The low point came in 1998, when Lynne saw Louise wearing strappy sandals identical to ones she owned. "She demanded, 'Why are you wearing those?' " says Louise. Appalled at how petty their feud had become, says Lynne, "we realized we had to end it or it was only going to get worse."
Now the two former rivals have joined forces to take that message to the more than 90 million Americans who are part of a stepfamily. In May they published Stepwives: 10 Steps to Help Ex-wives and Stepmothers End the Struggle and Put the Kids First, which offers a point-by-point program for achieving peaceful coexistence. Among the tips: Observe boundaries (for example, Louise and Lynne don't go to each other's houses but meet on neutral turf) and show mutual respect (which includes referring to each other as a "stepwife"). After all, explains Lynne of their newly coined word, "you can't go on calling the woman married to your ex his 'new wife' forever."
Louise and Lynne also dispense advice on www.comamas.com, the Web site they launched in 1998. And with the help of San Diego marriage and family counselor (and coauthor) Marjorie Vego Krausz, 53, they train family therapists to conduct group workshops—which typically meet for two hours a week for six weeks and cost around $200—based on the principles outlined in Stepwives. "We recommend their program," says David Levy, president of the Children's Rights Council advocacy group. "We can see that their work makes a difference."
It certainly did for Jeff Levenson, 42, a San Diego property manager; his wife, Monika, 34, and his ex-wife, Debi Levenson, 47, both sales reps. The three had frequently fought—mostly over parenting issues such as time spent on homework and music lessons—since Jeff and Monika married in 1999. But after completing one of Louise and Lynne's workshops in January 2001, they all got together to celebrate the 12th birthday of Brittany, Jeff and Debi's daughter. "And it was pleasant!" Levenson says. "If you had told me this could happen 18 months ago, I would have laughed in your face." Now Monika and Debi are jointly planning bat mitzvahs for Brittany and her sister Jessica, 14.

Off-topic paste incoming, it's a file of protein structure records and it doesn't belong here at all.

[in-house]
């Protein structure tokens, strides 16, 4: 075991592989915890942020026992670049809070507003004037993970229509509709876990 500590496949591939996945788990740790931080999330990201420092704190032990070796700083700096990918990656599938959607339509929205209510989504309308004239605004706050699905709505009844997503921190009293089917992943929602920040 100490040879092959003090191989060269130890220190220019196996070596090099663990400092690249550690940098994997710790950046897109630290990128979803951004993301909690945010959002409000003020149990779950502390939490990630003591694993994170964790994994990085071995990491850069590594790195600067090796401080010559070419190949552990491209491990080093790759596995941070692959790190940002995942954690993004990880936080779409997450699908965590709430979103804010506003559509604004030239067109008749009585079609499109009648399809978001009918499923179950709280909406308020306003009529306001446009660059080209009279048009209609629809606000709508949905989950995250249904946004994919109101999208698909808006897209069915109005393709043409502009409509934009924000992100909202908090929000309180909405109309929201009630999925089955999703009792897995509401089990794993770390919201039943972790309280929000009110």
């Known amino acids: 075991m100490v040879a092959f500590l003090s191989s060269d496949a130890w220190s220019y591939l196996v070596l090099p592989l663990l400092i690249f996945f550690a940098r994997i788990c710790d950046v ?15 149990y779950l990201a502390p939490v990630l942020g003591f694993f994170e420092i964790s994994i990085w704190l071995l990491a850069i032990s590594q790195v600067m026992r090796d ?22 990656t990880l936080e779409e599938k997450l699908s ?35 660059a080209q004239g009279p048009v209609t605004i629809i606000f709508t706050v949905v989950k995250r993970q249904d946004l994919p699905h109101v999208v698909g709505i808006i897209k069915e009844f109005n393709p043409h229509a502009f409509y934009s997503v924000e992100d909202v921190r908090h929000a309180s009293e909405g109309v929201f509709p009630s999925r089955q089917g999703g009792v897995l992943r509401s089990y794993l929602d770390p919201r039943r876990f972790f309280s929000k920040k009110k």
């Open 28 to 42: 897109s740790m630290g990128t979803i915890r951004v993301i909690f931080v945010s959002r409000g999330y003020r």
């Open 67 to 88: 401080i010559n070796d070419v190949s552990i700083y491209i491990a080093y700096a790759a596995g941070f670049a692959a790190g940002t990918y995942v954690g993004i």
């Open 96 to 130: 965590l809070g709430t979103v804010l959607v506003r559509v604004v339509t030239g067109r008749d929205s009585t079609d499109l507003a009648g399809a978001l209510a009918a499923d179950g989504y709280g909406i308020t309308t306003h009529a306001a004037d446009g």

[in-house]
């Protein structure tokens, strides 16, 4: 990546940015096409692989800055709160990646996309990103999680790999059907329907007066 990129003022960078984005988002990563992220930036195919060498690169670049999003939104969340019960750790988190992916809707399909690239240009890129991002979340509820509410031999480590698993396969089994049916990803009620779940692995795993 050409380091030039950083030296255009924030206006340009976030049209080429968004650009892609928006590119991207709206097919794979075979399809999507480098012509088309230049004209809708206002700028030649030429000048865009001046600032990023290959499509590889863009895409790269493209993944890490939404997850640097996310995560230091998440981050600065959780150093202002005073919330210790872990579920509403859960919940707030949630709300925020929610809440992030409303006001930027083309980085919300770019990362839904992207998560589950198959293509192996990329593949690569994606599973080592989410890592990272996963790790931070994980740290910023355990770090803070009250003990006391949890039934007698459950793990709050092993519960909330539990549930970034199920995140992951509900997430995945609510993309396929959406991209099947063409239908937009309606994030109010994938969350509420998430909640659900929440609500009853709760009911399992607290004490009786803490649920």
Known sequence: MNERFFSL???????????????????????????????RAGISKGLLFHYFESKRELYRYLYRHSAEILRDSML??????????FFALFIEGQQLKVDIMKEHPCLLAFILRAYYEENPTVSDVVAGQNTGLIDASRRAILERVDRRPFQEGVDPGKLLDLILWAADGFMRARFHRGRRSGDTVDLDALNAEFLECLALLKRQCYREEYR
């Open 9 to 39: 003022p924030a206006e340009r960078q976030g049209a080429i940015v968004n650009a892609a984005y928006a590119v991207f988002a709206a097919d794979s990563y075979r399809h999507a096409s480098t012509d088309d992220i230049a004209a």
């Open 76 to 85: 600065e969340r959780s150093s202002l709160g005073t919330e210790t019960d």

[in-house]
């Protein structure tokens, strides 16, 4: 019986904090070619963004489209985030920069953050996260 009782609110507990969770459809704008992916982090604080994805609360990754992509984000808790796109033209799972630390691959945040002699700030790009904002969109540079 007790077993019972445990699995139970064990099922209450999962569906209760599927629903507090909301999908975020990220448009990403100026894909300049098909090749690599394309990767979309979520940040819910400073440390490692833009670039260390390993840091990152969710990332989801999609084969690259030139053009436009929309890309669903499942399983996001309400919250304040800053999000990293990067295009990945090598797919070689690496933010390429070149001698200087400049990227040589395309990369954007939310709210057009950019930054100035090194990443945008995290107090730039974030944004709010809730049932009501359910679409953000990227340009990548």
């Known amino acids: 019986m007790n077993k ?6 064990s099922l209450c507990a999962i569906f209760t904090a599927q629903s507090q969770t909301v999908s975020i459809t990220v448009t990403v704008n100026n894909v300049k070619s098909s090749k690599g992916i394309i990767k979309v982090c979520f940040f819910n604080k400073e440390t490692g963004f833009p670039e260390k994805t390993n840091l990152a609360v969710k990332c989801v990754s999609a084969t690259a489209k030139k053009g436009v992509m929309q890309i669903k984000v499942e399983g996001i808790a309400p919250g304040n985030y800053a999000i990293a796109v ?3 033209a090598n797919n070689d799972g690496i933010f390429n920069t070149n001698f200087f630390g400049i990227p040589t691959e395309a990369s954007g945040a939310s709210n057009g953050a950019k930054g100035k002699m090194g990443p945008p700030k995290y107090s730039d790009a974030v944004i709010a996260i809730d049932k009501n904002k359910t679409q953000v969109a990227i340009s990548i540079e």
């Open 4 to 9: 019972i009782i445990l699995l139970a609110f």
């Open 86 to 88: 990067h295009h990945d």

Success stories like that inspired Louise, 44, a sales executive, and Lynne, 51, a speech pathologist, to quit their jobs earlier this year to focus on Stepwives business full-time. But reaching this stage of civility wasn't easy.
Lynne had met Greg Oxhorn when they were students at Cal State Northridge. Married in 1972, they had Evan, their only child, 10 years later. In 1988 they split, citing irreconcilable differences.
Later that year Greg, now 54 and the owner of a computer accessories business, went on a blind date with Louise, a University of Buffalo grad who had moved to Los Angeles in 1980. They married in 1993 and settled into a two-bedroom San Diego home—just 10 minutes from the three-bedroom house Lynne shares with second husband Paul Ringwood, 57, a FedEx pilot she wed in 1993.
The proximity enabled Evan, now 19 and about to start his sophomore year at Georgetown University in Washington, D.C., to divide his time evenly between his parents. Growing up, Evan says, Louise and Lynne were good about not fighting in front of him and sharing holidays like Mother's Day. "But consciously or unconsciously," he says, "I didn't talk about one of them to the other."
Thanks to Stepwives, which grew out of meetings Louise and Lynne had to address their gripes, that's no longer a concern. In fact, last fall, when Evan started college, both couples traveled to Washington to help him settle in. Before returning to California, they all went out for dinner. "We sat at the table together and enjoyed the moment," says Lynne. "I couldn't believe it was happening," says Greg. More special still was what had occurred in Evan's dorm earlier in the day. "Louise and I," says Lynne, "made his bed together."
Maureen Harrington in San Diego